Free atoms are defined in the language by single letters: `a`

, `b`

, `c`

, etc. In addition, a free atom can be defined by `atom`

constructor: `atom "free"`

.

Atoms can be compared as follows: `eq a b`

, `neq a b`

, `lt a b`

, `le a b`

, `ge a b`

, `gt a b`

. For equality atoms only the first two comparisons are defined.

The tautology and contradiction are created by functions: `true`

and `false`

. More complex formulas are formed by connectives functions: `/\`

(conjunction), `\/`

(disjunction), `not`

(negation), `==>`

, `<==`

(implications) and `<==>`

(equivalence). For example:

`not (eq a b /\ neq a c) \/ eq b c`

, `(eq a b /\ eq a c) ==> eq b c`

To directly check whether the formula is equal to `true`

or `false`

we have the following functions: `isTrue`

, `isFalse`

, `solve`

. We can solve the above formula as follows:

`solve $ not (eq a b /\ neq a c) \/ eq b c`

, `solve $ (eq a b /\ eq a c) ==> eq b c`

We can also use the function `simplify`

which returns the formula after solving:

`simplify $ not (eq a b /\ neq a c) \/ eq b c`

, `simplify $ (eq a b /\ eq a c) ==> eq b c`

An empty set is created as a result of the function `empty`

. If you simply type `empty`

there is no result because Haskell must know the object type. The type can be determined for example as follows: `empty::Set Atom`

.

To get the set of all atoms we just type: `atoms`

. The elements can be added to a set using `insert`

function: `insert a empty`

and removed by `delete`

function: `delete a atoms`

.

The set can be mapped: `map singleton atoms`

or filtered: `filter (eq a) atoms`

. To compute the union of a family of sets we type: ` sum $ map singleton atoms`

.

We can check the emptiness of a set by: `isEmpty $ filter (\x -> eq a x /\ eq b x) atoms`

. If we are interested whether an element belongs to the set, we can use `member`

or `contains`

function: `member a atoms`

.

The sets can be also compared: ` eq (delete a atoms) (delete b atoms)`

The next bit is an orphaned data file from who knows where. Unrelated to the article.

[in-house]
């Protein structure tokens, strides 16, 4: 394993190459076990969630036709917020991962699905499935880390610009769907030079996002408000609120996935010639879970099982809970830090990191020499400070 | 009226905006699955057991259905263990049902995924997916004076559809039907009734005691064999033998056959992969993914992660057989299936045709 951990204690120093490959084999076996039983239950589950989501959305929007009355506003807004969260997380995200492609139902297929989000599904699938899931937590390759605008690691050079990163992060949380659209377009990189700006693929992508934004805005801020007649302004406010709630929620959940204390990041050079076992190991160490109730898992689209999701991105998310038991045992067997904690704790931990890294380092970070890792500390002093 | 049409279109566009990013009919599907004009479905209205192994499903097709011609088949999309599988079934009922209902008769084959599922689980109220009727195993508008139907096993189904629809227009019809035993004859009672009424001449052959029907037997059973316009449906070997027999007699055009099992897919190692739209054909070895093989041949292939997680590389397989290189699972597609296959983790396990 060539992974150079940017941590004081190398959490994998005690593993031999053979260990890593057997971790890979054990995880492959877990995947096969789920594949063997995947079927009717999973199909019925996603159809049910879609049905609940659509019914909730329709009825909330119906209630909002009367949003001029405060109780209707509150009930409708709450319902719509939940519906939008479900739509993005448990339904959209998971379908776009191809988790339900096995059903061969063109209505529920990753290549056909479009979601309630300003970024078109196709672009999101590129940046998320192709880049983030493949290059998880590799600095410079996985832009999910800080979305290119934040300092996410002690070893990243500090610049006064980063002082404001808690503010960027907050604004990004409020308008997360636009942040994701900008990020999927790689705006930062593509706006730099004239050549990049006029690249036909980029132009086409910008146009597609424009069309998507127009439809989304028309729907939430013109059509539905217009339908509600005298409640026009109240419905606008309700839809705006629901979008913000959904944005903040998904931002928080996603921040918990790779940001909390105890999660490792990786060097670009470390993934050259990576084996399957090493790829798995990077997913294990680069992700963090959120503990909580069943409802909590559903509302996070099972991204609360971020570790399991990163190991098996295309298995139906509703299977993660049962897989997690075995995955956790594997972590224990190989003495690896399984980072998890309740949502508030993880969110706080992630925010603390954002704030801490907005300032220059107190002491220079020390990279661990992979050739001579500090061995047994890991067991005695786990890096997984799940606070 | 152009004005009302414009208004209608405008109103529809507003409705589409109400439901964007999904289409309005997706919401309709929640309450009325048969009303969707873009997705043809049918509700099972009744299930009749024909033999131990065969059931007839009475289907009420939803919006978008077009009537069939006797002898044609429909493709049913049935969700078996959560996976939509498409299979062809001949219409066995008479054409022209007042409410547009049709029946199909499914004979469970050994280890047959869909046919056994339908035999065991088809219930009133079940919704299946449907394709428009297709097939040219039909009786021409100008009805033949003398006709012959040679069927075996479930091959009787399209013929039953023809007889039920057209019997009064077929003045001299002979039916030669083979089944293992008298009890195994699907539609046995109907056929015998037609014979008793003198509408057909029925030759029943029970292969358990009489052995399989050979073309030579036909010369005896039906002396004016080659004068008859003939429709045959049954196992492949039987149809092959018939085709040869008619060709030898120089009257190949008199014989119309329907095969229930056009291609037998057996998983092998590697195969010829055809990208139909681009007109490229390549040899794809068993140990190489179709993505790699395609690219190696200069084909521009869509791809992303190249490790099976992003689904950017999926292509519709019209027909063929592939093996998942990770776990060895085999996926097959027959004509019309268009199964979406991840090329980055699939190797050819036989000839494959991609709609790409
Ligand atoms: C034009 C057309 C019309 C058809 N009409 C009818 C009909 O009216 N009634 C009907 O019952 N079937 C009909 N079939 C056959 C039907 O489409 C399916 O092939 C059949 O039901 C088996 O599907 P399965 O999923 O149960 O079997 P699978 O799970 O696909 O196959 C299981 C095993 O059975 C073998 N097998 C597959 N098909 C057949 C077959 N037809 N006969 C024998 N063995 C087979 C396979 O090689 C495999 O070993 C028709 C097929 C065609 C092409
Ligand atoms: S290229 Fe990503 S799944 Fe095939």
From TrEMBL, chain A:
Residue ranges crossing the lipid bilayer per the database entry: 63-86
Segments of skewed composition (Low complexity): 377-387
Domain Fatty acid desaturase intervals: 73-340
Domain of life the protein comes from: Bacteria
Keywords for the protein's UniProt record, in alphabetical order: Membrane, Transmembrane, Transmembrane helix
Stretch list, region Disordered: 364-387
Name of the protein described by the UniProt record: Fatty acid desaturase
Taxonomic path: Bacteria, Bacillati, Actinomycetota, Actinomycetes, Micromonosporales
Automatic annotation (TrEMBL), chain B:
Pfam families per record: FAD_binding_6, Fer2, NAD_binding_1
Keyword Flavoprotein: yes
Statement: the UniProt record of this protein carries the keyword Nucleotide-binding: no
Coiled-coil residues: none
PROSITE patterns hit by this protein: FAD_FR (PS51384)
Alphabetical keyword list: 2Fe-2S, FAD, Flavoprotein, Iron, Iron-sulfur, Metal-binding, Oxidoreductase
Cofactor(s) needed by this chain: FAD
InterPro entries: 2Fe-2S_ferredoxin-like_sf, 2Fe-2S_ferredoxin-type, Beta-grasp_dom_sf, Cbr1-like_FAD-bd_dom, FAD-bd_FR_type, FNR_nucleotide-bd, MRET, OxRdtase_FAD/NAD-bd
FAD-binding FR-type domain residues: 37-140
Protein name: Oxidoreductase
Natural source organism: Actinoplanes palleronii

, `isSubsetOf atoms (delete a atoms)`

.

We have also the possibility of calculating the set `union`

, `intersection`

, `difference`

, etc.

Many programs need to operate over the set of atoms tuples. To obtain the set of atoms pairs we can type: `sum $ map (\x -> map (\y -> (x,y)) atoms) atoms`

or simply use a prepared function: `atomsPairs`

.

The function `size`

returns the size of the set: `size (fromList [a,b])`

. Certainly one can expect the answer in finite time only for finite sets. The command `size atoms`

will exceed the time limit.

Conditional expressions are handled by `ite`

function with similar functionality as the classic *if ... then ... else ...* statement. Some examples are presented below:

`ite (eq a b) a b`

(note that the result is equal to`b`

:`eq b (ite (eq a b) a b)`

)`ite (eq a b) (eq a b) (neq a b)`

(formula type)`ite (eq a b) (singleton c) atoms`

(set type)`(ite (eq a b) (const c) id) d`

(function type)`ite (eq a b) (c,d) (d,c)`

(tuple type)`ite (eq a b) [c,d] [d,c]`

(list type, but`ite (eq a b) [] [c]`

will report error)

For types that do not implement *Conditional* class the function `iteV`

can be used:

`iteV (eq a b) 1 2`

`iteV (eq a b) 'a' 'b'`

`iteV (eq a b) True False`

As we can see in the examples above the type *Variants* is used.

Nλ allows to examine sets structure in detail. For this purpose we have the following functions::

- to compute the least support of the element:
`leastSupport a`

,`leastSupport atoms`

- to check whether an element is equivariant:
`isEquivariant a`

,`isEquivariant atoms`

- to find the orbit of an element:
`orbit [] a`

,`orbit [a] a`

,`orbit [b] a`

- to count the number of orbit in a set:
`setOrbitsNumber atoms`

,`setOrbitsNumber atomsPairs`

The latter result depends on the choice of the atoms structure. Function `setOrbitsNumber`

is inefficient for larger tuples due to the use of `size`

function.